SIGMUND AND ROSA – MARCH 1941 – Escape From Nazi Vienna

In my last post, I shared a chapter from my new book project about my family’s quest to obtain Holocaust reparations. Today, I’d like to share what I learned about the emigration of my maternal great-grandparents, Sigmund and Rosa Lichtenthal. I’ve learned quite a bit more since I orginally posted about their trip a couple months ago. This is a work in progress. I welcome any feedback you may have.

1939 Passport for Rosa Lichtenthal. “Sara” has been added to her name.

On August 17, 1938 a decree had been enacted, to take effect by the begin­ning of 1939, requiring Jews to add middle names that would identify them as Jews. Jewish men were required to add Israel as a middle name and women, Sara.[1]Evidence of this can be seen on Sigmund and Rosa’s emigration documents.

Since the goal of the Nazis at this time was still to simply rid the country of Jews, the plan was focused on getting them all to leave and emigrate elsewhere. It was likely that the immigrants would not be able to pursue their current occupations in their new country. Therefore, programs were developed to “retrain” the Jews. Rosa Lichtenthal, previously an accomplished milliner and business owner was trained in the art of flower-arranging, completing her “program” on January 29, 1939.

After their son Paul left Vienna in March 1939, Sigmund and Rosa were left on their own to navigate life in Nazi Vienna. They had already suffered the theft of their business, the loss of their livelihood and personal possessions. They witnessed the horrors of Kristallnacht and the destruction of the Jewish community in Vienna. At 64 years of age they were forced to find a new place to live. They were forced to eke out an existence in a Vienna that was nothing like the place they had called home for 40 years. Sigmund was expending great effort at this time attempting to obtain some restitution for the loss of his business. Perhaps that explains the delay in their plans to leave their homeland. In May 1939, it became clear, even to the stubborn Sigmund, that it was time to leave. The process would take nearly two years.

Sigmund completed the 1939 Asset Declaration, required by law as part of the emigration process, on May 15. On that document one can see the middle name “Israel” added to Sigmund’s name. The document is also clearly stamped by the “Gildemeester Auswanderungs-Hilfsaktion” organization. Francis van Gheel Gildemeester founded the agency which initially negotiated deals between rich Jewish families and the German authorities in Austria. The “deals” required wealthy Jews to donate a share of their wealth to a ‘Gildemeester fund’, in order to assist poorer Jews with their emigration from Austria.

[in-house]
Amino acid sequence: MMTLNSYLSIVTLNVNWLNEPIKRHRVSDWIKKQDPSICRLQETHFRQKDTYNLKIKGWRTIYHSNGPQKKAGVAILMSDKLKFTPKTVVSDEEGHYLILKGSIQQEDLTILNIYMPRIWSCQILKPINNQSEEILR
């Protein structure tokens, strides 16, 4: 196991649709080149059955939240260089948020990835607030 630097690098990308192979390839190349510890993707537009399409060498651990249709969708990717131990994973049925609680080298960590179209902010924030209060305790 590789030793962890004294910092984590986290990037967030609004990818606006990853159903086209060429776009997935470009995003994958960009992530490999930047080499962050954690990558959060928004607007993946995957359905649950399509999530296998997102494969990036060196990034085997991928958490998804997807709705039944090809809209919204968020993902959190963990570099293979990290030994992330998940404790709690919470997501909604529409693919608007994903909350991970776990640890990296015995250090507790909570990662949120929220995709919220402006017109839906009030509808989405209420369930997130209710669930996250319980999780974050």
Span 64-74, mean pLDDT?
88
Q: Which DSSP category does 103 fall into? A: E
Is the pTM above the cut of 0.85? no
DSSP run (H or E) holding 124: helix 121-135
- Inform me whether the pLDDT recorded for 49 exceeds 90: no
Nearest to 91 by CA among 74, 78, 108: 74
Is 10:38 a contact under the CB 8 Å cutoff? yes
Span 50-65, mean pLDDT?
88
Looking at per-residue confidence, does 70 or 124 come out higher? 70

The left column indicated wealth in April, 1938. At that time, Sigmund owned a home worth about 50,000 RM. He also also had approximately 66,700 RM in cash. A year later, in May 1939, he had “keines” – nothing.

In addition to support from the Gildemeester organization, the Lichtenthals were assisted by the IKG (Israelitische Kultusgemeinde) and the JDC (American Jewish Joint Distribution Committee). The JDC established the Transmigration Bureau to help refugees emigrate from Germany, Austria, Czechoslovakia, Holland, Belgium and Luxembourg, primarily to the U.S. Its primary role was to accept deposits from friends or family overseas to help pay the travel costs of Jews emigrating from Europe. I did locate the Transmigration cards for Sigmund and Rosa online (Ancestry.com) but there were no “deposits” from others listed. There were notations of payments, but I am not clear as to who made the payments – the JDC or the Lichtenthals themselves. No matter who paid the passage, it is clear that Sigmund and Rosa would not have been able to escape Nazi Europe without the assistance of these organizations. Still, their emigration process was fraught with more difficulty than they could have imagined. Despite being issued passports on October 24, 1939, it would be almost a year-and-a-half before they were able to leave the country.

Rosa’s original passport expired on October 24, 1940. On February 11, 1941, she was granted an extension through August 24, 1941. We don’t have Sigmund’s actual passport, but it can be assumed he experienced a similar process. Two days later, Rosa finally received her Immigration Visa (#4665), allowing her to leave for the United States,

Original itinerary
Final itinerary

On February 18, 1941, Rosa’s passport was stamped in Vienna in preparation for the trip to the United States. She and Sigmund were scheduled to travel from Vienna to what is now Taurage, Lithuania. From there they would travel to Malkinia Gorna, Poland before heading to Moscow. From Russia they would make their way to Japan, then finally to the United States. Presumably the 65-year-old couple, already in failing health, would then make their way 3,000 miles across the United States before being reunited with their family in New York. This trip, about 13,475 miles, would have been a little more than half of the 24,901 miles it would take to circumvent the Earth! Thankfully, the Lichtenthals never had to experience that harrowing itinerary.